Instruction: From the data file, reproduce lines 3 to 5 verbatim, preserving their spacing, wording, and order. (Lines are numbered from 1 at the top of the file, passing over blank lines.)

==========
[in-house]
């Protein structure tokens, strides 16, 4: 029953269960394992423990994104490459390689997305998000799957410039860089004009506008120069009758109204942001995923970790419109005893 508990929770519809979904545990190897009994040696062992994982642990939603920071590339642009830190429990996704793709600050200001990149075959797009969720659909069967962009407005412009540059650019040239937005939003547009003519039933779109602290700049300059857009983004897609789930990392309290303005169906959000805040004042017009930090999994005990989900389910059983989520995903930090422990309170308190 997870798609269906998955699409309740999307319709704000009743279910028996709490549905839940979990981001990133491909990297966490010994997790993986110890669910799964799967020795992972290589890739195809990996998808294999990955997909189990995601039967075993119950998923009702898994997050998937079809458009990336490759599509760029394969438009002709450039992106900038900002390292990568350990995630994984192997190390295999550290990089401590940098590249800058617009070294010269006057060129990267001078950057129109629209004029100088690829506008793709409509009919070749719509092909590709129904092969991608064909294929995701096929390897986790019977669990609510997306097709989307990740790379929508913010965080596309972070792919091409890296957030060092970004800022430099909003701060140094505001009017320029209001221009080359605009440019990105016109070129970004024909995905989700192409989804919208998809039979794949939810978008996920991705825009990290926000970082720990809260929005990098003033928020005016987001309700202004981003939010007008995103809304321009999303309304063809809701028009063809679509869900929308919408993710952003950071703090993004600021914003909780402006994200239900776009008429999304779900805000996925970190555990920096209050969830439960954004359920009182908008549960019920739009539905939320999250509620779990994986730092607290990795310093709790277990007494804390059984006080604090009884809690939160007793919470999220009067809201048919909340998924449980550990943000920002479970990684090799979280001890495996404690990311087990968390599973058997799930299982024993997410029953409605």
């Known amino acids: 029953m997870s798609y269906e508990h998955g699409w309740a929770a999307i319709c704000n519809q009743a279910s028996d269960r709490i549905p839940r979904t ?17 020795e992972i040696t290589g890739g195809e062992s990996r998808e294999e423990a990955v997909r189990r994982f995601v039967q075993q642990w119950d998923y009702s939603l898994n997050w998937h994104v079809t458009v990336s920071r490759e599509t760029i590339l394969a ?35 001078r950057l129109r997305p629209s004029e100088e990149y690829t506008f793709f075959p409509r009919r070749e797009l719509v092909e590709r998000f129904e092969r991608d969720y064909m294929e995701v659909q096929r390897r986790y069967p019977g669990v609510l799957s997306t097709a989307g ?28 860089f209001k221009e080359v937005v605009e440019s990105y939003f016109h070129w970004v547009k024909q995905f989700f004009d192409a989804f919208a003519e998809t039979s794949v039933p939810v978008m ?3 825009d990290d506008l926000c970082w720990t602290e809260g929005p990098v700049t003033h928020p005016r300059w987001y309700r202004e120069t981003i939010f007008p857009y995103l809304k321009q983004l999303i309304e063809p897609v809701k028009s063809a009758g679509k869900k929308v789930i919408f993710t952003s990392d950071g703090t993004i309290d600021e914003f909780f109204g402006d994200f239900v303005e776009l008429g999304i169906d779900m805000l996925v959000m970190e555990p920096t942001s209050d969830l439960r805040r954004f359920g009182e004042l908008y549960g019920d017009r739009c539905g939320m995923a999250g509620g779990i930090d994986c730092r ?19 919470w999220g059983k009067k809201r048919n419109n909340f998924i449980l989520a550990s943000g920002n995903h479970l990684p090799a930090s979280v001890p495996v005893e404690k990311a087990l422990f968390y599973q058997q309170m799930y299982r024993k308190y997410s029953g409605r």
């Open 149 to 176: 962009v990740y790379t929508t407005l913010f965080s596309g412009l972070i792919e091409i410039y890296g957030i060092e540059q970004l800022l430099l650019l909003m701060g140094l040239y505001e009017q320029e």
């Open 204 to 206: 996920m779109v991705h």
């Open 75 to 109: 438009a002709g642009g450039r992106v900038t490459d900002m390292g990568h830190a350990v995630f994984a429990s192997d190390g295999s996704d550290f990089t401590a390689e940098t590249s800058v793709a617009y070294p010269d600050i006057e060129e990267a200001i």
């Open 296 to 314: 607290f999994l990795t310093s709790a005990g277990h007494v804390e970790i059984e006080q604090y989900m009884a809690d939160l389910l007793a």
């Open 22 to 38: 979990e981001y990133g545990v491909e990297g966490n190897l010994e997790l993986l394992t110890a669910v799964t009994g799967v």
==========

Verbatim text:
């Known amino acids: 029953m997870s798609y269906e508990h998955g699409w309740a929770a999307i319709c704000n519809q009743a279910s028996d269960r709490i549905p839940r979904t ?17 020795e992972i040696t290589g890739g195809e062992s990996r998808e294999e423990a990955v997909r189990r994982f995601v039967q075993q642990w119950d998923y009702s939603l898994n997050w998937h994104v079809t458009v990336s920071r490759e599509t760029i590339l394969a ?35 001078r950057l129109r997305p629209s004029e100088e990149y690829t506008f793709f075959p409509r009919r070749e797009l719509v092909e590709r998000f129904e092969r991608d969720y064909m294929e995701v659909q096929r390897r986790y069967p019977g669990v609510l799957s997306t097709a989307g ?28 860089f209001k221009e080359v937005v605009e440019s990105y939003f016109h070129w970004v547009k024909q995905f989700f004009d192409a989804f919208a003519e998809t039979s794949v039933p939810v978008m ?3 825009d990290d506008l926000c970082w720990t602290e809260g929005p990098v700049t003033h928020p005016r300059w987001y309700r202004e120069t981003i939010f007008p857009y995103l809304k321009q983004l999303i309304e063809p897609v809701k028009s063809a009758g679509k869900k929308v789930i919408f993710t952003s990392d950071g703090t993004i309290d600021e914003f909780f109204g402006d994200f239900v303005e776009l008429g999304i169906d779900m805000l996925v959000m970190e555990p920096t942001s209050d969830l439960r805040r954004f359920g009182e004042l908008y549960g019920d017009r739009c539905g939320m995923a999250g509620g779990i930090d994986c730092r ?19 919470w999220g059983k009067k809201r048919n419109n909340f998924i449980l989520a550990s943000g920002n995903h479970l990684p090799a930090s979280v001890p495996v005893e404690k990311a087990l422990f968390y599973q058997q309170m799930y299982r024993k308190y997410s029953g409605r």
């Open 149 to 176: 962009v990740y790379t929508t407005l913010f965080s596309g412009l972070i792919e091409i410039y890296g957030i060092e540059q970004l800022l430099l650019l909003m701060g140094l040239y505001e009017q320029e």
């Open 204 to 206: 996920m779109v991705h």